Science


The other day I became bored (surprise) and decided to hop on Omegle. I typically find morons or people who don’t speak English very well, whether they are native speakers or not. To my surprise, there was one person who seemed engaging enough and somehow our conversation turned to “science.” It didn’t take long for him to discover, by asking, that I am an atheist just after I figured out he was a creationist based on a question posited to me about genetics.

I’m not an expert, but the sciences, both physical and biological, have been an obsession of mine since childhood. I can confidently say that I have a better working understanding of physics, biology and astronomy (maybe some chemistry) than most non-science majors. (Of course, explaining some of these issues to the guy on Omegle, or anyone else trying to understand basic scientific principles, becomes difficult when they can’t grasp the math involved.)

He asked, “Can you give a single example in which mutation has shown an increase in genetic information?” I wasn’t born yesterday, asshole. The question is flawed because it presupposes the fact that it can’t be answered. (Much like the challenge “Prove to me there is no god.”) There are also elements of the question that need to be further defined, such as the notion of an “increase in information.” Luckily, an expert has already answered this question in depth for me.

I had to end the conversation. It was just another creationist masking his intentions by appearing to make a sincere effort in discovering truths when he was alluding to the fact that a god must have been responsible for all things living (and non-living).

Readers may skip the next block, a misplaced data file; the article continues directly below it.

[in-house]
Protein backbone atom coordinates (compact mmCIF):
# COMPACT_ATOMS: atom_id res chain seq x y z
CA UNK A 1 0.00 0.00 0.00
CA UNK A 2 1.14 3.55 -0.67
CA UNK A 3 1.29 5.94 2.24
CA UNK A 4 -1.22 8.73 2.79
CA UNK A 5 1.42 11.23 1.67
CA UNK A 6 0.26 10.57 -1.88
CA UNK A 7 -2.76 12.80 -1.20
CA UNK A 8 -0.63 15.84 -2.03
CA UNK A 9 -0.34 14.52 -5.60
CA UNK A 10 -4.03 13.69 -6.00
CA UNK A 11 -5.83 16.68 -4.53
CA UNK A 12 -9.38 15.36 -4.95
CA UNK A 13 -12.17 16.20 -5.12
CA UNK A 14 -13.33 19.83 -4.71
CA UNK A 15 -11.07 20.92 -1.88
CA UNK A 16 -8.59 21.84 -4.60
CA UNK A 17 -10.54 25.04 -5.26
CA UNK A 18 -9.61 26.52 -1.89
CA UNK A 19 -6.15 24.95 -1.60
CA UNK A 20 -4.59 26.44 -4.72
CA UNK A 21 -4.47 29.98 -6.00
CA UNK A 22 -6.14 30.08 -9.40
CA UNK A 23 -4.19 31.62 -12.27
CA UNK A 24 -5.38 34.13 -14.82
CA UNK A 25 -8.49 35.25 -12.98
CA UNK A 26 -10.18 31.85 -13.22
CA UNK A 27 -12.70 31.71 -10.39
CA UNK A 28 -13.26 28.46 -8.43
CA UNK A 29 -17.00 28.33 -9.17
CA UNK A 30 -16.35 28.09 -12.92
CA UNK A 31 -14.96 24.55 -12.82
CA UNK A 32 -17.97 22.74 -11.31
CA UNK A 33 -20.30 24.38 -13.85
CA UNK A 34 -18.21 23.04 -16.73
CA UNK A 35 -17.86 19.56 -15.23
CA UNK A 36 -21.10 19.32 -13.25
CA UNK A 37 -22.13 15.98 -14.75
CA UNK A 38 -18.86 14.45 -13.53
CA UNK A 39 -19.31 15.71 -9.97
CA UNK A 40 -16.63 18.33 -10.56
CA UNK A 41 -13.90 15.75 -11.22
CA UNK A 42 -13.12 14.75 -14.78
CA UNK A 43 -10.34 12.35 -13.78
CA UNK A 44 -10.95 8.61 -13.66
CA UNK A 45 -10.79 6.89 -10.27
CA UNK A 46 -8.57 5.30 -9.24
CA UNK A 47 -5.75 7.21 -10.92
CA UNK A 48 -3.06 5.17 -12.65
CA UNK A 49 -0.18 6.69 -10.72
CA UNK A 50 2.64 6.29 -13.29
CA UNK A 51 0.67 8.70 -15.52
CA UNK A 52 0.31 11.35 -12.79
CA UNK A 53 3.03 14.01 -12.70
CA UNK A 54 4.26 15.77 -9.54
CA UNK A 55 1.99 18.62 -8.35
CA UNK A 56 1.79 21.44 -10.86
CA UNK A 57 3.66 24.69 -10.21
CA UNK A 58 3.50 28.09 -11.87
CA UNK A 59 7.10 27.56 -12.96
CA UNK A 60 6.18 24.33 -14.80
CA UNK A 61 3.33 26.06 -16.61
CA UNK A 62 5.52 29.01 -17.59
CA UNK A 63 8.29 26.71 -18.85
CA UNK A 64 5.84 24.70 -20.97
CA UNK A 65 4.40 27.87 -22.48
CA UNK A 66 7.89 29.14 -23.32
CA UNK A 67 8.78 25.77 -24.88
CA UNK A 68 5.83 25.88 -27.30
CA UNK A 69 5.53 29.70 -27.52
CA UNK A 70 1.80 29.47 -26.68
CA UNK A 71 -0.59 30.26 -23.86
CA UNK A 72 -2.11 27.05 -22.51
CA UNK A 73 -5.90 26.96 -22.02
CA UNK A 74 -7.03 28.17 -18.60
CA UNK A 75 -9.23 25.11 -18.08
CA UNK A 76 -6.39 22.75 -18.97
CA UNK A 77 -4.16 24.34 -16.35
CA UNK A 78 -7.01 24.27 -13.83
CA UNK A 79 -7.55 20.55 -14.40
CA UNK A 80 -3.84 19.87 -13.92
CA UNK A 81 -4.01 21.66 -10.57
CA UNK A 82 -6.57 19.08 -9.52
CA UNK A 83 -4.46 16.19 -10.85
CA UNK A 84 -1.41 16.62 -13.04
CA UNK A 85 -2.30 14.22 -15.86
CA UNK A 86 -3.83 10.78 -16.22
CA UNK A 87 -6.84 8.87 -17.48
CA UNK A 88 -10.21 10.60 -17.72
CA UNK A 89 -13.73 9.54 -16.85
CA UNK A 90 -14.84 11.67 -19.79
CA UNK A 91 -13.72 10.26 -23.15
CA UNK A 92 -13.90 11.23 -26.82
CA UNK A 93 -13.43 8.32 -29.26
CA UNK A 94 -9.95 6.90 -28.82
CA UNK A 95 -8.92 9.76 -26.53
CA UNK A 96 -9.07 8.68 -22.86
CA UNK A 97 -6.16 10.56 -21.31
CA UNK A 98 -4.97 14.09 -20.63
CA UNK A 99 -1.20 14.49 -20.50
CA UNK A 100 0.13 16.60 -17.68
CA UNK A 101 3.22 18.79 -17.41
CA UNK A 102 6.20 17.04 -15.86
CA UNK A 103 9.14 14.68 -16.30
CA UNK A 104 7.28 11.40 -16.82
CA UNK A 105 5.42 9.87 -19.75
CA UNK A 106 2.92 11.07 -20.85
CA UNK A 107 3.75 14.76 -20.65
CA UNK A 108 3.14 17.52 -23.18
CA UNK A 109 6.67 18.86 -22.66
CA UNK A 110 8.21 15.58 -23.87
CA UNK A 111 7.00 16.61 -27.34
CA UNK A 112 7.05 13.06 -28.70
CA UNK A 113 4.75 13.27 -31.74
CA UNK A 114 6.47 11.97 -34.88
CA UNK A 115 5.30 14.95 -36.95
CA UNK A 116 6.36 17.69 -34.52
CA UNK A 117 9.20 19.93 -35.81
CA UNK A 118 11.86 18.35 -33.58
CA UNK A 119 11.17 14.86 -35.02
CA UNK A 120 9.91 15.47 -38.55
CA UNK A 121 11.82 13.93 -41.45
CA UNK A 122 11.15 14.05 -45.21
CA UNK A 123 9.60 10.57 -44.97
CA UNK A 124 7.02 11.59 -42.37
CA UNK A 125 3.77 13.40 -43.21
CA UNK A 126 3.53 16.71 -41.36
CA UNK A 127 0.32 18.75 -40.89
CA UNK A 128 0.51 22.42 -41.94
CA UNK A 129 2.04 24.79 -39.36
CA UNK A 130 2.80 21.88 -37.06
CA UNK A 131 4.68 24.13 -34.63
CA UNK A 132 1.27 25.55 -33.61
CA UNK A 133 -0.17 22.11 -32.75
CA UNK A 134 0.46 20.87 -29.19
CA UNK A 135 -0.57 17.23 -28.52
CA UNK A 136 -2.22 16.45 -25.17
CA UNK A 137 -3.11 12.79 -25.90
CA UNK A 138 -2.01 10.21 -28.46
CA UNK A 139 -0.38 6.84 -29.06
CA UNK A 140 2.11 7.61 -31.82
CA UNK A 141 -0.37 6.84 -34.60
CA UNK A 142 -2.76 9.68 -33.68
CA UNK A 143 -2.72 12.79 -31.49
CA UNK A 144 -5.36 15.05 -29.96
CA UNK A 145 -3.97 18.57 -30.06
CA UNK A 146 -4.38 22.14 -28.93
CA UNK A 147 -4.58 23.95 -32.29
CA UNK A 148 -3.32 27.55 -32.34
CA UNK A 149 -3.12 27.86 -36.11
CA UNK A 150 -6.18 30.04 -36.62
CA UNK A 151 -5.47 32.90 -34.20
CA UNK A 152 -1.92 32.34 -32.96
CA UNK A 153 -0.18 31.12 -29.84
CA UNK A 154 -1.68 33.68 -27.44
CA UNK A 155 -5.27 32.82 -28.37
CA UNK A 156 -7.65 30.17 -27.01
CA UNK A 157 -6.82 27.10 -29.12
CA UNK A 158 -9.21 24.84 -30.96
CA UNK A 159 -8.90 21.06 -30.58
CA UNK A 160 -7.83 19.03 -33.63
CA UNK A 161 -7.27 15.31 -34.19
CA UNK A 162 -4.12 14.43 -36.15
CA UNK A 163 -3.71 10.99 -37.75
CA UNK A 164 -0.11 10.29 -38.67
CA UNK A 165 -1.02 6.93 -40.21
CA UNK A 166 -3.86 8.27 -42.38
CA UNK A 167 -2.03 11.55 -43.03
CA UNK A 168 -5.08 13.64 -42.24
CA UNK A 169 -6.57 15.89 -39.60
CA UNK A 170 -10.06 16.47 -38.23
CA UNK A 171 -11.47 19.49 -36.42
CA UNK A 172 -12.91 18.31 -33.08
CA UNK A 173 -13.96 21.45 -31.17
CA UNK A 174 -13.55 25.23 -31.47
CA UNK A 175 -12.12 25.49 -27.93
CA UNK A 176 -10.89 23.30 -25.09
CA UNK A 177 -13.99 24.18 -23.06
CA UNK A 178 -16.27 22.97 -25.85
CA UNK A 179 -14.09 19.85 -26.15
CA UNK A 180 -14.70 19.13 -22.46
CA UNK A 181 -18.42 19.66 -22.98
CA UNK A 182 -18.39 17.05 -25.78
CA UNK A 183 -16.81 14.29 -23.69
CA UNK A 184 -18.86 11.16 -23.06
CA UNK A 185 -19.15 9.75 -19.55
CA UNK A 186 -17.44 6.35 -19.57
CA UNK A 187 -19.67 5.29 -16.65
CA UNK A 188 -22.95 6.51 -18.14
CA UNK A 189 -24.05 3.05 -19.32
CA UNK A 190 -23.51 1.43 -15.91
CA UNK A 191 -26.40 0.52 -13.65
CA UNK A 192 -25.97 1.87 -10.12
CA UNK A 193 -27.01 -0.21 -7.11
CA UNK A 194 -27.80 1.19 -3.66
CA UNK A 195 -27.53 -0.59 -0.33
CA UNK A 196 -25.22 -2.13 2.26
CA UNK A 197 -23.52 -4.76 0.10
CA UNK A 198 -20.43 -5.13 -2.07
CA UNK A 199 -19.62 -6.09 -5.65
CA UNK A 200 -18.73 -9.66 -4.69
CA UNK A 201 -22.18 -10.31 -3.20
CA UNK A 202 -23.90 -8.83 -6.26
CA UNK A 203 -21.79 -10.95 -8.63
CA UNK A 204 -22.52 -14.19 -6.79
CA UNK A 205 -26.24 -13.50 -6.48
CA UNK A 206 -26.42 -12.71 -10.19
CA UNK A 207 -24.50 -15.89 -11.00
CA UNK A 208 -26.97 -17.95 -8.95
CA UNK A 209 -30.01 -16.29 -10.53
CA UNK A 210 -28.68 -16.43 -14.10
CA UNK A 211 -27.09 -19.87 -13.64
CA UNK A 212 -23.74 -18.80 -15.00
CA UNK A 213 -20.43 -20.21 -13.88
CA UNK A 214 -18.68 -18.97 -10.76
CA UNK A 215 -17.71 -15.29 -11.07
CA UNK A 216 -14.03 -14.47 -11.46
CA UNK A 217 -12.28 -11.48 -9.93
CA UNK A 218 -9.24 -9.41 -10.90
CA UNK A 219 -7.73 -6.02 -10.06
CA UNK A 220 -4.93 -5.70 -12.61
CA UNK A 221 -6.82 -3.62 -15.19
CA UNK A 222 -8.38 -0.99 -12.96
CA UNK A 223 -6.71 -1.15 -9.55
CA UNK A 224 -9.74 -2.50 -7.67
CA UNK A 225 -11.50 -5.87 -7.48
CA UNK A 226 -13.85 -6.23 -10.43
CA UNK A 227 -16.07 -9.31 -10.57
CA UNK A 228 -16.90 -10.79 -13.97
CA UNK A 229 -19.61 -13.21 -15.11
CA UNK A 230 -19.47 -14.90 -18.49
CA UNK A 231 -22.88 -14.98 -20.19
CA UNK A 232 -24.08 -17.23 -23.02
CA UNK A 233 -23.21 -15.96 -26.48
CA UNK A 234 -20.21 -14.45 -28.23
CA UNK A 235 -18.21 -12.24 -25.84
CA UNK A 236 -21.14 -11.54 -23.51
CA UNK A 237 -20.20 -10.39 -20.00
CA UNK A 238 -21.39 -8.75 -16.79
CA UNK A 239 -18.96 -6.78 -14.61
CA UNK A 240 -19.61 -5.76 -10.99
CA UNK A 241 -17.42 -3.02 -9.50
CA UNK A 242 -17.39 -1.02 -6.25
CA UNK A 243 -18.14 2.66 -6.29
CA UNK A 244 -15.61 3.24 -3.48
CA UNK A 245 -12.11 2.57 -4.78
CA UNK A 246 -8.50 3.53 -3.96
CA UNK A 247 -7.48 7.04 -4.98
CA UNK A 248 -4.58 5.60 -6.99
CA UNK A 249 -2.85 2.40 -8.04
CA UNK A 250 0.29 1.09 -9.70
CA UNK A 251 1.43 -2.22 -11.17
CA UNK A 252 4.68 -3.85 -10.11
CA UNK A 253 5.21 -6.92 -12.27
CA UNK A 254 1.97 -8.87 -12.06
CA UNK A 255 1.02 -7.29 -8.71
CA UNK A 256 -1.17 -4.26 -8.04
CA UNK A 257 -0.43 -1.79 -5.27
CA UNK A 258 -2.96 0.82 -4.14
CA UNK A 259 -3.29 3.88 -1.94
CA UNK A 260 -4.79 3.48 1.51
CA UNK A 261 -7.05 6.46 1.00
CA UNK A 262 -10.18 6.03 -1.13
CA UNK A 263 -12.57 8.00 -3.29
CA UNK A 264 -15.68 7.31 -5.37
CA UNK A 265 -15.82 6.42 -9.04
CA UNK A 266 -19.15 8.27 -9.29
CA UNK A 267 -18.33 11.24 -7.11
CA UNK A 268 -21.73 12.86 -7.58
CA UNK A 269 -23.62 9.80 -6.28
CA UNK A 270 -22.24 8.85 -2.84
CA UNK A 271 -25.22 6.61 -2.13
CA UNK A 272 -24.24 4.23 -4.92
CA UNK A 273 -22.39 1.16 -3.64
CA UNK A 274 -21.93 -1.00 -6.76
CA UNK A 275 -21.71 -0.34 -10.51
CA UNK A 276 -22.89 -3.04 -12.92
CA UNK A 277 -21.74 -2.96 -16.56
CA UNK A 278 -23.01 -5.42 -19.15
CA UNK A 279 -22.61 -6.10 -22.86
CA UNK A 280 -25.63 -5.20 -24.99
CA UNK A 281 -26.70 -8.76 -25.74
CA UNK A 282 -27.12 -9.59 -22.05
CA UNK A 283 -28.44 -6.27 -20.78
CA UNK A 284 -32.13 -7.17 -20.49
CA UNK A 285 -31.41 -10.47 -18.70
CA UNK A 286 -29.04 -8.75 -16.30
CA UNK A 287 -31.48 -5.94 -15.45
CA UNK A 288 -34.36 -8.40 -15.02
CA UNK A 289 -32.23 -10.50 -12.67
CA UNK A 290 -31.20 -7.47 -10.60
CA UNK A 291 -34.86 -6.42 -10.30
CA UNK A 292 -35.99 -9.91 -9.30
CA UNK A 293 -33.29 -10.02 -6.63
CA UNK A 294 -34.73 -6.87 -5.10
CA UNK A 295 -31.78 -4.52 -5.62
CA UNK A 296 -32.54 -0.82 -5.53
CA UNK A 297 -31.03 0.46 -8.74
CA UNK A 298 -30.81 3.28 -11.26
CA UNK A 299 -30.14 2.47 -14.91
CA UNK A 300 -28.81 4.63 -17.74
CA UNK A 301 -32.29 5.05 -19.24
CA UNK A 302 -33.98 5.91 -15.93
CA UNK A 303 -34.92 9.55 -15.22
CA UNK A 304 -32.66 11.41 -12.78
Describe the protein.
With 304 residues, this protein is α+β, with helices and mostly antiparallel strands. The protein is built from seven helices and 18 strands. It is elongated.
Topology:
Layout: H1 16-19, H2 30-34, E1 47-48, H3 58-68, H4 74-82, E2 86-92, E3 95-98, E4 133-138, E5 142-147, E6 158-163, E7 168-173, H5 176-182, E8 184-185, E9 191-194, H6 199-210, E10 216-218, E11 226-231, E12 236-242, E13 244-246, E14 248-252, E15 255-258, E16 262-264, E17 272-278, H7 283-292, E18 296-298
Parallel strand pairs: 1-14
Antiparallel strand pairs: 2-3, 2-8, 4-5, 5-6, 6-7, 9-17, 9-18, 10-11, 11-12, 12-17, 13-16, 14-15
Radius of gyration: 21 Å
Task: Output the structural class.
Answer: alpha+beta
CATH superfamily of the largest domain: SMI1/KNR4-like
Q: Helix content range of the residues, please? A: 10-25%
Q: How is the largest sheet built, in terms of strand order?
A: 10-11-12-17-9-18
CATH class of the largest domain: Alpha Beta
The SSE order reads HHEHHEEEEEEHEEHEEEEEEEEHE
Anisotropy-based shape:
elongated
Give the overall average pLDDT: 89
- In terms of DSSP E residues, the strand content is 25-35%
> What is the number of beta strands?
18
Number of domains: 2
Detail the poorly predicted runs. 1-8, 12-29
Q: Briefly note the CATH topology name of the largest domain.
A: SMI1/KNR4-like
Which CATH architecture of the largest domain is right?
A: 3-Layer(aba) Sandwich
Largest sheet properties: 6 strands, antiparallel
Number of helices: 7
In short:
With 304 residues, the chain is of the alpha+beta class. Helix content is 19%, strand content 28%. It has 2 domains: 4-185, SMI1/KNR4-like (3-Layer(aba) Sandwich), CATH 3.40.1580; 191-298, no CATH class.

Then it struck me.

Through the years, while examining every single philosophical and scientific argument for or against atheism, it dawned on me that I was clinging to facts that would never be accepted by a creationist or theist. It didn’t matter how much scientific fact I presented or studied. It also doesn’t matter that some of the questioned posed defied logic (from both camps for their own purposes). A creationist or theist is never willing to concede the possibility that they might be wrong. Never.

So, here is my concession: I give you theists everything. Evolution is fake – both micro and macro. The Big Bang didn’t really happen. Things didn’t just appear from nowhere; they must have been created. Christ really did exist and he really did perform miracles. Everything I have fought tooth and nail for, it’s yours.

Now, tell me, how does that prove there is a god?

Some crazy scientist at Oxford has just uncovered some extraordinary news! It turns out that being active on Facebook, as well as other social networking sites, rewires a developing brain. Wow, that is groundbreaking. It’s not like learning how to play an instrument, listening to music, reading a story, playing sports and other activities will rewire a child’s brain. Oh wait, yes it does. Why is Miss Scientist so concerned? She feels that communicating online will eventually phase out real life conversations and dampen social skills. Someone should remind her that instant messaging has been around forever and that AOL allowed for profiles and social networking long before MySpace or Facebook ever came about.

Emily Yoffe at Slate says this scientist is concerned that “we are at risk of raising a generation of solipsists.” Are we? Or is the solipsist in all of us attracted to this medium of communication and sharing?